This article first appeared in the Autumn 2016 issue of The Record.
Imagine a manufacturing facility that not long ago ran its enterprise resource planning (ERP) system in a datacentre. It typically relied on expensive multiprotocol label switching (MPLS) lines going from the manufacturing floor to the datacentre. This was a fairly common network scenario, where internet usage did not affect traffic to critical business systems.
Fast-forward to today and it is likely that same manufacturing facility is now running its ERP system in the cloud. Now these companies must prioritise traffic – streaming videos from YouTube can eat significant bandwidth, causing certain business systems to run slower than normal and even halt productivity. Does this mean the network can no longer operate as efficiently without a cost?
Small to midsized companies typically neither have the IT resources nor the budget allocated to deploy enterprise-grade next-generation firewalls, WAN optimisation devices and link balancers to help make the most of their hybrid cloud networks. This forces them to choose between security and network performance. Fortunately, cloud-ready technology amplifies both security and performance when managing hybrid cloud environments.
When customers talk about using the cloud, there are certain characteristics that repeatedly appear. They want something that can be deployed quickly, can scale and shrink to meet demand, includes cross-geo access, and usually has an ephemeral lifecycle. In the cloud era, it is all about performance. A cloud-ready solution must be optimised for cloud environments so that its architecture, manageability and usability accentuate the overall experience. Most next-generation firewalls used today are designed to only filter out unwanted traffic then create a virtual-form factor to put in a cloud, which is not cloud ready.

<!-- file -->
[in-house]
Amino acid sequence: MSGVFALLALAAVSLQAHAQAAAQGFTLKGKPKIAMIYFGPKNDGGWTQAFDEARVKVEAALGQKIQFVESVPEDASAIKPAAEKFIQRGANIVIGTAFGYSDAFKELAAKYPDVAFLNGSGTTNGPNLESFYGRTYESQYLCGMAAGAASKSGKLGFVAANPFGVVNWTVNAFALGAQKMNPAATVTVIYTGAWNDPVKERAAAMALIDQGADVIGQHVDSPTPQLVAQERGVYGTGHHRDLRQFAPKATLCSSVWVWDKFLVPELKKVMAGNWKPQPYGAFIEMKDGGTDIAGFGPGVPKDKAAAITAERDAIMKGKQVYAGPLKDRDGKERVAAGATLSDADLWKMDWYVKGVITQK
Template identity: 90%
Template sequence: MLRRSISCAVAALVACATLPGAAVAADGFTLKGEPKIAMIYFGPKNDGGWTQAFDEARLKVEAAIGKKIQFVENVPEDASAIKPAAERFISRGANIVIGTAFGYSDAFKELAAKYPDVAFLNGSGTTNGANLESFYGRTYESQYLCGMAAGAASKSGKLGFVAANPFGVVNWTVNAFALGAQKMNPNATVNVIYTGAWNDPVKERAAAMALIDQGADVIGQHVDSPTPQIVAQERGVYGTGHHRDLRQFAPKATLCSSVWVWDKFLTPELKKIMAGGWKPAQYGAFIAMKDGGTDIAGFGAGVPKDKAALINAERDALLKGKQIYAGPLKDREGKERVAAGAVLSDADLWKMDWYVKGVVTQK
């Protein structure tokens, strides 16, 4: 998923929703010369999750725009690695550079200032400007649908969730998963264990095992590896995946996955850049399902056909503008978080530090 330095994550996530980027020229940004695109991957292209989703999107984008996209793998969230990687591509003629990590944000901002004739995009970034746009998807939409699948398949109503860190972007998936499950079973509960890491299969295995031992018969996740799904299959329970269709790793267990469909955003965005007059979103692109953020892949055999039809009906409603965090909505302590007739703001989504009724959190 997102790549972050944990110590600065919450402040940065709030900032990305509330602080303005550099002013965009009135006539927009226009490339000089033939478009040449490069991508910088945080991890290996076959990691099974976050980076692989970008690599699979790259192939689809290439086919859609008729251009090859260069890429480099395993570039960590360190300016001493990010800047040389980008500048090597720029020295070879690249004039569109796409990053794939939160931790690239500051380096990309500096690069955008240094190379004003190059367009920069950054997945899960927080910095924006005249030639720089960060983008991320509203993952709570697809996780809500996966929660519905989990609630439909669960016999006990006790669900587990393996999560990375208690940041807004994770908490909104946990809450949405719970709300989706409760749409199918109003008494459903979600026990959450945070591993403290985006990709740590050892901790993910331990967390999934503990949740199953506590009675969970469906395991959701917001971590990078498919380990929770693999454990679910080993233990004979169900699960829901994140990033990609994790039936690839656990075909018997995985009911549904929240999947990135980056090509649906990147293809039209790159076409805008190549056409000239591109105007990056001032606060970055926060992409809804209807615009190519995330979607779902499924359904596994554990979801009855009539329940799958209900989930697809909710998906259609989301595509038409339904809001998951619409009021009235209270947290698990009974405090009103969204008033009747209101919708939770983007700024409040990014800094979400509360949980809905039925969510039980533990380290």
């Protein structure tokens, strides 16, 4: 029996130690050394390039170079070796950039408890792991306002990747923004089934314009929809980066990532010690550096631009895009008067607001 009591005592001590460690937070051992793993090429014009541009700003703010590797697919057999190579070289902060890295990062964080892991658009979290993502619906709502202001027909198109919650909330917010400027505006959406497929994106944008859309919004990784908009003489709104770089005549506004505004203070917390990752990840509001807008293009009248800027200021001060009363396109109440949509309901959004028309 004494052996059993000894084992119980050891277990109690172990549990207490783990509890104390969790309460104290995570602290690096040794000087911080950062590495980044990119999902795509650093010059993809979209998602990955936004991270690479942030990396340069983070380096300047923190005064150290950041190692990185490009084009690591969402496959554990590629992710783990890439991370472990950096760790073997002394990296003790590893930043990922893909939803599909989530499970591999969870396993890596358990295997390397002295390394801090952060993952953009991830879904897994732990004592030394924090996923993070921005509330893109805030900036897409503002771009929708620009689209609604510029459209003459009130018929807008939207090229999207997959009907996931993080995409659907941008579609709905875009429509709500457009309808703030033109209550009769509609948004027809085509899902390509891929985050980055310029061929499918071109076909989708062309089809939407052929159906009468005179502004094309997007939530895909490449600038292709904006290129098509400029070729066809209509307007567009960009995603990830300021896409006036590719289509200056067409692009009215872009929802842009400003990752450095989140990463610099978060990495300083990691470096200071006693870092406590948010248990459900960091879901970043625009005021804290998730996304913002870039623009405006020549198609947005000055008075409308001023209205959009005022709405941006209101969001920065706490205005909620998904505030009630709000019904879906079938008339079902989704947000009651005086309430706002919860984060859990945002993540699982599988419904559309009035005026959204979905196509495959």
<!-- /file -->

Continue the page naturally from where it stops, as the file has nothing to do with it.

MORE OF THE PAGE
The firewall has evolved. It has progressed from a perimeter-based hardware appliance to a ubiquitous distributed solution that is closer to the endpoint and workloads that need to be managed. It has moved on from an IP-port number-based rule set to a sophisticated set of dynamic policies that map to users, applications and locations. It has grown from a single-purpose device to a platform that includes a complete portfolio of security capabilities tailored to workloads and evolving threat vectors.
As more companies embrace cloud in all its flavours, they will demand cloud-ready next-generation firewalls as a default for their enterprises. One thing is certain, change is constant. This is certainly true as it relates to security threats and network optimisation to ensure we maximise all the benefits cloud innovation has to offer.
Klaus Gheri is Vice President of Network Security at Barracuda Networks
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